Drug resistance is a common cause of treatment failure in cancer therapy, and molecular mechanisms need further exploration. Competing endogenous RNAs (ceRNAs) can influence drug response by participating in various biological processes, including regulation of cell cycle, signal transduction, and so on. In this study, we systematically explored resistance from the perspective of ceRNA modules. First, we constructed a general ceRNA network, involving 83 long non-coding RNAs (lncRNAs) and 379 mRNAs. Next, we identified the drug resistance-related modules for 138 drugs and 19 cancer types, totaling 758 drug-cancer conditions. Function analysis showed that resistance-related biological processes were enriched in these modules, such as regulation of cell proliferation, DNA damage repair, and so on. Pan-drug and pan-cancer analyses revealed some common and specific modules across multiple drugs or cancers. In addition, we also found that drug pairs with common modules have similar structure, indicating high risk for multidrug resistance (MDR). Finally, we speculated that ceRNA pair GAS5-RPL8 could regulate drug resistance because low expression of GAS5 would enhance microRNA (miRNA)-mediated inhibition of RPL8. In total, we investigated the drug resistance by using ceRNA modules and proposed that ceRNA modules may be new markers for drug resistance that indicated a possible novel mechanism.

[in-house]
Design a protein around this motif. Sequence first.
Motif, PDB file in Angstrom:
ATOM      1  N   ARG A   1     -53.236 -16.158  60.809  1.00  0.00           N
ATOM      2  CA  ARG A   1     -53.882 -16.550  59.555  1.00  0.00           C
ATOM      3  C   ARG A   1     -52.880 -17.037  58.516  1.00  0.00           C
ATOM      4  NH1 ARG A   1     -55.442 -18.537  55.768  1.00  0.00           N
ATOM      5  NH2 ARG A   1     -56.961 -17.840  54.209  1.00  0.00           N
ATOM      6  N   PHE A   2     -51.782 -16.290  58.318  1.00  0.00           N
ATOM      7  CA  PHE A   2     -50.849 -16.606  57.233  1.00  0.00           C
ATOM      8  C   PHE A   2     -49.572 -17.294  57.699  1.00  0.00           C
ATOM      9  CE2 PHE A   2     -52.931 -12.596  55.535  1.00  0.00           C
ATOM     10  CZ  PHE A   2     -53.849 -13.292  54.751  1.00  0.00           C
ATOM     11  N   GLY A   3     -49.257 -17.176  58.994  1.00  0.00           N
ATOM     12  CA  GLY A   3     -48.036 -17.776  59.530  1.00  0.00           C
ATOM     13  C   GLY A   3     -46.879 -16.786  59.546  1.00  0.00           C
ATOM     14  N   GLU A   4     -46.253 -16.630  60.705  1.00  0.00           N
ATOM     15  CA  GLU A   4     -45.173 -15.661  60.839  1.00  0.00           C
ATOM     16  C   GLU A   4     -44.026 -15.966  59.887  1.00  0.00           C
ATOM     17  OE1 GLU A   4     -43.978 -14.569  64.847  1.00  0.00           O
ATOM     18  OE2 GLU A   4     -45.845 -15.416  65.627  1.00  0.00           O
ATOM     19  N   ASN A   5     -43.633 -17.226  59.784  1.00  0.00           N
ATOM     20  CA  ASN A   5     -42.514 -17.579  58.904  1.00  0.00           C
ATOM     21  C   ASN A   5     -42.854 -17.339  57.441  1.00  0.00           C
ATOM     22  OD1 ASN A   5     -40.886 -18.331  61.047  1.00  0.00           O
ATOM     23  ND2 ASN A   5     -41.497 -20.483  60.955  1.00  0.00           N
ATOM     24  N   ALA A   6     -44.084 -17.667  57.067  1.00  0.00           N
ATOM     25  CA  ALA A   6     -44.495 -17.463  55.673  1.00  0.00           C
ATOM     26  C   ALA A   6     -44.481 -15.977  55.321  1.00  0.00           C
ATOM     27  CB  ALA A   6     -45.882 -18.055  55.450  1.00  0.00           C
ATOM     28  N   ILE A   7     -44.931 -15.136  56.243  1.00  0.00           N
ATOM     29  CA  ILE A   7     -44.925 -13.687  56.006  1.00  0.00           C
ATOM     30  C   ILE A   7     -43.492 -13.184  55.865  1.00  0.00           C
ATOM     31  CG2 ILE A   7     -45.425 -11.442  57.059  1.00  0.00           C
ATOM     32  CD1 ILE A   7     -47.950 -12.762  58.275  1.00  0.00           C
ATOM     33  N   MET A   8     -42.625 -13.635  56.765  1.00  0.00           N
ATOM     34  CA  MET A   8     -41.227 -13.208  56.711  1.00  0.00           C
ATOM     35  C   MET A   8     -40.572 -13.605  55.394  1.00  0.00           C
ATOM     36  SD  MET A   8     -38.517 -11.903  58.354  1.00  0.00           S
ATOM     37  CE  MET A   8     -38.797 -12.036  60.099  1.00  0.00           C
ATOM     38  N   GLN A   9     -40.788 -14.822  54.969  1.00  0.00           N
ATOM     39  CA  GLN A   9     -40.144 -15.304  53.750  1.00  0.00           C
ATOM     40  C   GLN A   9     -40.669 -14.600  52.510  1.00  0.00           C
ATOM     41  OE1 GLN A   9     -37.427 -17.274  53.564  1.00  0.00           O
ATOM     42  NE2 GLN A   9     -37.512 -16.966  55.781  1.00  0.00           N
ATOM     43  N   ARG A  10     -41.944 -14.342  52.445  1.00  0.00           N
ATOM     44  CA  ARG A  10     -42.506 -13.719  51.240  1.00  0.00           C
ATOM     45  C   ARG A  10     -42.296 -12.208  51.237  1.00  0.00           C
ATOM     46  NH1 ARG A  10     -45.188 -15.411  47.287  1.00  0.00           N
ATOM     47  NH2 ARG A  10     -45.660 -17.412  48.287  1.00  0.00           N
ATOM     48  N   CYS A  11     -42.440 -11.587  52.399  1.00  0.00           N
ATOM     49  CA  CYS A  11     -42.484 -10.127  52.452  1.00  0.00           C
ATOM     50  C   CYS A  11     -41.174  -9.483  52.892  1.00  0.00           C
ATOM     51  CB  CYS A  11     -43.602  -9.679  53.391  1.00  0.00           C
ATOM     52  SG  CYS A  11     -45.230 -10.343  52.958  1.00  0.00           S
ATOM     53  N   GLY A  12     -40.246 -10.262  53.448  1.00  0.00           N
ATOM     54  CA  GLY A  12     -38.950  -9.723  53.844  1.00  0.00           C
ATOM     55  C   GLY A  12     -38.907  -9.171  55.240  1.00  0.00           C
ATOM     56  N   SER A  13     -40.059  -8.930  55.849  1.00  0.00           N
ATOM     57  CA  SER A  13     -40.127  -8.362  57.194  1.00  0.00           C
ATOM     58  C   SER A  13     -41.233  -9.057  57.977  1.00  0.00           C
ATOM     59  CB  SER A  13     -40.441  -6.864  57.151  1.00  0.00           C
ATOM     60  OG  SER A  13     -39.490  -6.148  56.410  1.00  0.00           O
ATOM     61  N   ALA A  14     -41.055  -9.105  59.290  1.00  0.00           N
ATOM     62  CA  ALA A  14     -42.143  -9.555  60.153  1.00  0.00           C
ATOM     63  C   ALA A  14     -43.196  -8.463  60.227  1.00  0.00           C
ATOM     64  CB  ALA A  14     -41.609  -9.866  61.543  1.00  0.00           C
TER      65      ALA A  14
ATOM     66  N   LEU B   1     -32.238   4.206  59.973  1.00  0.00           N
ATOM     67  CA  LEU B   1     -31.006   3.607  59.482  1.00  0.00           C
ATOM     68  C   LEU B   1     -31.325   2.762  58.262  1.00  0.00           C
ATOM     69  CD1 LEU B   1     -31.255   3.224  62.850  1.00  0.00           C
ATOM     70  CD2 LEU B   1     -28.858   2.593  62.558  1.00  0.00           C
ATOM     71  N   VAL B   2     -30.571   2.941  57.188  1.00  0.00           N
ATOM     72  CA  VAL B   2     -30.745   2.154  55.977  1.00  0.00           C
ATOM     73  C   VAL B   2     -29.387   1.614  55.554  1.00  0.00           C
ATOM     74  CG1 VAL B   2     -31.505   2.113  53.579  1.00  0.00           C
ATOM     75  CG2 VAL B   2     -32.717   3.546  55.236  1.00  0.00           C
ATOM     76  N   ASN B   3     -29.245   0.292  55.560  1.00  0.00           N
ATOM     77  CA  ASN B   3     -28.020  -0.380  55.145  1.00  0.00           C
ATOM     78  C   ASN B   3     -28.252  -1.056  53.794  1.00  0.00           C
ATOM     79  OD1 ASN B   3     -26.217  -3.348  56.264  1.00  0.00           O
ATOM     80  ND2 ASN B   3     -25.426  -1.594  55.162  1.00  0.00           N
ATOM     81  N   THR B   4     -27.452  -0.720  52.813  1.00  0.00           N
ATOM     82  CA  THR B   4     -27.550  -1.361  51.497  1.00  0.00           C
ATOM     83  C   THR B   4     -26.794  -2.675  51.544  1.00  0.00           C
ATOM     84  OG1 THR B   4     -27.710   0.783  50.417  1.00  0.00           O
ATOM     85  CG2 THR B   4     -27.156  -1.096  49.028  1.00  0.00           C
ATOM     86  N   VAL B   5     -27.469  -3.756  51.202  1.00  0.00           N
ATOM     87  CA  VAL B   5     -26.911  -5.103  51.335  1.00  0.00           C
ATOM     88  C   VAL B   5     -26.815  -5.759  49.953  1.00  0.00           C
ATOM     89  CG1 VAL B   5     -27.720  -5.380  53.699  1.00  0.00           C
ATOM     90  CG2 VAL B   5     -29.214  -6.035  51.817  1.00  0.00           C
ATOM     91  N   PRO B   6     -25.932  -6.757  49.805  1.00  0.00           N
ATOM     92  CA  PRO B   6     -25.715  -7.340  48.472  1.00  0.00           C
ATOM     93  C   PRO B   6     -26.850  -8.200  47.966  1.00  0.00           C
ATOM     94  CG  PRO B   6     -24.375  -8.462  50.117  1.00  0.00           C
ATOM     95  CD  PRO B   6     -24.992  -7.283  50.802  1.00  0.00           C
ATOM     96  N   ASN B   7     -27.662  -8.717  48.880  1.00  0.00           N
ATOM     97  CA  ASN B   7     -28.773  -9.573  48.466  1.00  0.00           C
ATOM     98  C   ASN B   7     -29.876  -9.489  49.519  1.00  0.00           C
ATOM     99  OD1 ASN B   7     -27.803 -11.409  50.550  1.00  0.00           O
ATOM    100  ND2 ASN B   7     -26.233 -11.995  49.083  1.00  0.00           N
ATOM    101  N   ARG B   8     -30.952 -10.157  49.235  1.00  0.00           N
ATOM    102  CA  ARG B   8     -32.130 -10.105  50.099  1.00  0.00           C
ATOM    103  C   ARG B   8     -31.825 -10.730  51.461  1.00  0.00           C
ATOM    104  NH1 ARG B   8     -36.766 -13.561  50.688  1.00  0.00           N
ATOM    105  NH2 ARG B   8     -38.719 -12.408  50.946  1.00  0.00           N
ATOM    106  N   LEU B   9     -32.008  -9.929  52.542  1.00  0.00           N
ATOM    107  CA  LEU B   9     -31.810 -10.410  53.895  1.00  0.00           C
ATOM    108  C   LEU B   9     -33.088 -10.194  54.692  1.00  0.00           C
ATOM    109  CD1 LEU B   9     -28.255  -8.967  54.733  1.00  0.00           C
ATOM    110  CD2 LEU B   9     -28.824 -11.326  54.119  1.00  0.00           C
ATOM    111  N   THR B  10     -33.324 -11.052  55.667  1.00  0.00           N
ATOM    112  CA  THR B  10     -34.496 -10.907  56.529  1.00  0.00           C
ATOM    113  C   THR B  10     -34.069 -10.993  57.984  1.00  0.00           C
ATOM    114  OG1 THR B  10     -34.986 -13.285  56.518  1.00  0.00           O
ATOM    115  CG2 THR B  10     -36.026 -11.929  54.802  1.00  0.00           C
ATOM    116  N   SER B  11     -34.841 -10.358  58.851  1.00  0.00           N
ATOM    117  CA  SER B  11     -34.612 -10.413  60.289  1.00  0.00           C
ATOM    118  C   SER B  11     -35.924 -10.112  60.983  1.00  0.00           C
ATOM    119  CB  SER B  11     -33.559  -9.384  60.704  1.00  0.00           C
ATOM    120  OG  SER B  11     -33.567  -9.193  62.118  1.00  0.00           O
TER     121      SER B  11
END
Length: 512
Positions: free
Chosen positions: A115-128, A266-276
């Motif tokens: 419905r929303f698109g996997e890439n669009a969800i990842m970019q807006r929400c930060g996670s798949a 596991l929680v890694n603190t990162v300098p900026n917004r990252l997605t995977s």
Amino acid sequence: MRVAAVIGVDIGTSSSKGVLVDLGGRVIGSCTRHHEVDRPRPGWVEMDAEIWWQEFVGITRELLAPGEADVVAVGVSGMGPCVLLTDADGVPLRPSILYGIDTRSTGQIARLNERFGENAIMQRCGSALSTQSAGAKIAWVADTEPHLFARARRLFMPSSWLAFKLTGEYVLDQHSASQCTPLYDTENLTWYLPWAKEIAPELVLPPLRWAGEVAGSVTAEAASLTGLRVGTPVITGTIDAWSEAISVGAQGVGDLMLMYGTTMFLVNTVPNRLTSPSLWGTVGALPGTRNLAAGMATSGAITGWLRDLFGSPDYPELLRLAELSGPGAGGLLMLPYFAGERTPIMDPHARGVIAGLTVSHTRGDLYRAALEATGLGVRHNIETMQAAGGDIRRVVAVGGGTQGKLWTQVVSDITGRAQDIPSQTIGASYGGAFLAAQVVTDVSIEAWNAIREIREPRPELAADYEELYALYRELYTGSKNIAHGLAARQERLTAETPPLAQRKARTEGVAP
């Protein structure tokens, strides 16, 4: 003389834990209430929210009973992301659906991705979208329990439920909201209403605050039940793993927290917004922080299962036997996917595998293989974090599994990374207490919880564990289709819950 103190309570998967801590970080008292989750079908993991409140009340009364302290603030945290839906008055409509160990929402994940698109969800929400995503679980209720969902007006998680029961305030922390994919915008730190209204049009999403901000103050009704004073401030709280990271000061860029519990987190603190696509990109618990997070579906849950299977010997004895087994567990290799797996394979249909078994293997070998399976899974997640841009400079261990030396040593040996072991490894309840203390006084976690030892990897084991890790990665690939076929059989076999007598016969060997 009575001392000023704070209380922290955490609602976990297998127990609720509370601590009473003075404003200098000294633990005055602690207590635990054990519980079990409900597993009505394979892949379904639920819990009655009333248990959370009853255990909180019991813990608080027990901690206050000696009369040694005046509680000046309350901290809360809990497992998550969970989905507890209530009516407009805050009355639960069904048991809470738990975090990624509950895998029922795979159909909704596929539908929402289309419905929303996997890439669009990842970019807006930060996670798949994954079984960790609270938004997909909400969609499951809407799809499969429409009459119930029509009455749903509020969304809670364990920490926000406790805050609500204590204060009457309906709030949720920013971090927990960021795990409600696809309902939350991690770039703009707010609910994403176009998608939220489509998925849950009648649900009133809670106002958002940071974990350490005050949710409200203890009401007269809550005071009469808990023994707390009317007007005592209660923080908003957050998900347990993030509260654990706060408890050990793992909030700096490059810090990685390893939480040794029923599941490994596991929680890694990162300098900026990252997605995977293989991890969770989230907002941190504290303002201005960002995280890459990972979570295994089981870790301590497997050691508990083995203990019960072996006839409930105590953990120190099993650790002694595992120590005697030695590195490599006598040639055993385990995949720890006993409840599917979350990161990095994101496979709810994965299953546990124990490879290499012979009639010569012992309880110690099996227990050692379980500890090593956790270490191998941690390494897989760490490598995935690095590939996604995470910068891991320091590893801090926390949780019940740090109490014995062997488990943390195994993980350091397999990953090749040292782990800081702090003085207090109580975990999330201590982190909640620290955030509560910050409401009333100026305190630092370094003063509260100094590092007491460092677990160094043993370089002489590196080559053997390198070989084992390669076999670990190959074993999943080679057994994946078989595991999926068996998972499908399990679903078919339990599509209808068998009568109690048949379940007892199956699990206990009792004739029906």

Keywords: ceRNA; drug resistance; lncRNA; network module; pan-cancer; pan-drug.
Copyright © 2019 The Author(s). Published by Elsevier Inc. All rights reserved.